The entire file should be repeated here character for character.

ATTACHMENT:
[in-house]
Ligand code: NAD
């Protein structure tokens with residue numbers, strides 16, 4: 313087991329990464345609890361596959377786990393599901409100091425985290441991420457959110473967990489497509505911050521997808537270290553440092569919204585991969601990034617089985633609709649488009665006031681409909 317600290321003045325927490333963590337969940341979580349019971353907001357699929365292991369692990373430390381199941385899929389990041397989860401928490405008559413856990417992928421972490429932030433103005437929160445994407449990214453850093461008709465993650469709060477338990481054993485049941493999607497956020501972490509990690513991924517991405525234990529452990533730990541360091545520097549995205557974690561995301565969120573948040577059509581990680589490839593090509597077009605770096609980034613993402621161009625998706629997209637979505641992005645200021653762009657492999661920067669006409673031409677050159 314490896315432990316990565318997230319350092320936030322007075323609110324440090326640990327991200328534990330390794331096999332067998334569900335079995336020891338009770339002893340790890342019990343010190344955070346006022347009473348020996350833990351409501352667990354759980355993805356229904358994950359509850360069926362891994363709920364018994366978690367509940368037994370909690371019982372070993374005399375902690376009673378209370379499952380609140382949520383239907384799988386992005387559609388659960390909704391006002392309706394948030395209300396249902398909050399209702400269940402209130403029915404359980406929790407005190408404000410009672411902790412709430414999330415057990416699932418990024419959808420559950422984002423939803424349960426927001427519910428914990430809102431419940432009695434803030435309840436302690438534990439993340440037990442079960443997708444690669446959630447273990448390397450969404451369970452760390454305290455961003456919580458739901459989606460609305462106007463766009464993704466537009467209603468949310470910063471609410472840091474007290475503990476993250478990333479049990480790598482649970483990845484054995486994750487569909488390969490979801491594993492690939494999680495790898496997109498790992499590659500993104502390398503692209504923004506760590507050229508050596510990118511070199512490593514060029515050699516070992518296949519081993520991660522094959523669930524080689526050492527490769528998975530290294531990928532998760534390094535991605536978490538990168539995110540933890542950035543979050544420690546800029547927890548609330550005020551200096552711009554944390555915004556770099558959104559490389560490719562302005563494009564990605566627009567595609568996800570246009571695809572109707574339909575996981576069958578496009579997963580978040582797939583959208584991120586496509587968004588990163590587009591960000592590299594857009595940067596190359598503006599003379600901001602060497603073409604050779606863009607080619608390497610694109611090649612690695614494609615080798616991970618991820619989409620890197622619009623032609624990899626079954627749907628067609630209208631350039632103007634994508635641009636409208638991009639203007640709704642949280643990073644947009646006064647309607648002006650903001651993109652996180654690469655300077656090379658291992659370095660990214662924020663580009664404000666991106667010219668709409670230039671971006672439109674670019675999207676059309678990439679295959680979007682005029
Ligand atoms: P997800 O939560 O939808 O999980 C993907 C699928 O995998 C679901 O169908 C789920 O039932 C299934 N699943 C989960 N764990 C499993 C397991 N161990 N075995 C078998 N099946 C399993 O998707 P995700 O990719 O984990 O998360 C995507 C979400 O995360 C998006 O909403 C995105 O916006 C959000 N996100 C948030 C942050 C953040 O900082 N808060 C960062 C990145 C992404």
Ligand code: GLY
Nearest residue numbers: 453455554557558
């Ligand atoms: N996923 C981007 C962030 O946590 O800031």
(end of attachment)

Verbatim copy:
[in-house]
Ligand code: NAD
């Protein structure tokens with residue numbers, strides 16, 4: 313087991329990464345609890361596959377786990393599901409100091425985290441991420457959110473967990489497509505911050521997808537270290553440092569919204585991969601990034617089985633609709649488009665006031681409909 317600290321003045325927490333963590337969940341979580349019971353907001357699929365292991369692990373430390381199941385899929389990041397989860401928490405008559413856990417992928421972490429932030433103005437929160445994407449990214453850093461008709465993650469709060477338990481054993485049941493999607497956020501972490509990690513991924517991405525234990529452990533730990541360091545520097549995205557974690561995301565969120573948040577059509581990680589490839593090509597077009605770096609980034613993402621161009625998706629997209637979505641992005645200021653762009657492999661920067669006409673031409677050159 314490896315432990316990565318997230319350092320936030322007075323609110324440090326640990327991200328534990330390794331096999332067998334569900335079995336020891338009770339002893340790890342019990343010190344955070346006022347009473348020996350833990351409501352667990354759980355993805356229904358994950359509850360069926362891994363709920364018994366978690367509940368037994370909690371019982372070993374005399375902690376009673378209370379499952380609140382949520383239907384799988386992005387559609388659960390909704391006002392309706394948030395209300396249902398909050399209702400269940402209130403029915404359980406929790407005190408404000410009672411902790412709430414999330415057990416699932418990024419959808420559950422984002423939803424349960426927001427519910428914990430809102431419940432009695434803030435309840436302690438534990439993340440037990442079960443997708444690669446959630447273990448390397450969404451369970452760390454305290455961003456919580458739901459989606460609305462106007463766009464993704466537009467209603468949310470910063471609410472840091474007290475503990476993250478990333479049990480790598482649970483990845484054995486994750487569909488390969490979801491594993492690939494999680495790898496997109498790992499590659500993104502390398503692209504923004506760590507050229508050596510990118511070199512490593514060029515050699516070992518296949519081993520991660522094959523669930524080689526050492527490769528998975530290294531990928532998760534390094535991605536978490538990168539995110540933890542950035543979050544420690546800029547927890548609330550005020551200096552711009554944390555915004556770099558959104559490389560490719562302005563494009564990605566627009567595609568996800570246009571695809572109707574339909575996981576069958578496009579997963580978040582797939583959208584991120586496509587968004588990163590587009591960000592590299594857009595940067596190359598503006599003379600901001602060497603073409604050779606863009607080619608390497610694109611090649612690695614494609615080798616991970618991820619989409620890197622619009623032609624990899626079954627749907628067609630209208631350039632103007634994508635641009636409208638991009639203007640709704642949280643990073644947009646006064647309607648002006650903001651993109652996180654690469655300077656090379658291992659370095660990214662924020663580009664404000666991106667010219668709409670230039671971006672439109674670019675999207676059309678990439679295959680979007682005029
Ligand atoms: P997800 O939560 O939808 O999980 C993907 C699928 O995998 C679901 O169908 C789920 O039932 C299934 N699943 C989960 N764990 C499993 C397991 N161990 N075995 C078998 N099946 C399993 O998707 P995700 O990719 O984990 O998360 C995507 C979400 O995360 C998006 O909403 C995105 O916006 C959000 N996100 C948030 C942050 C953040 O900082 N808060 C960062 C990145 C992404």
Ligand code: GLY
Nearest residue numbers: 453455554557558
């Ligand atoms: N996923 C981007 C962030 O946590 O800031």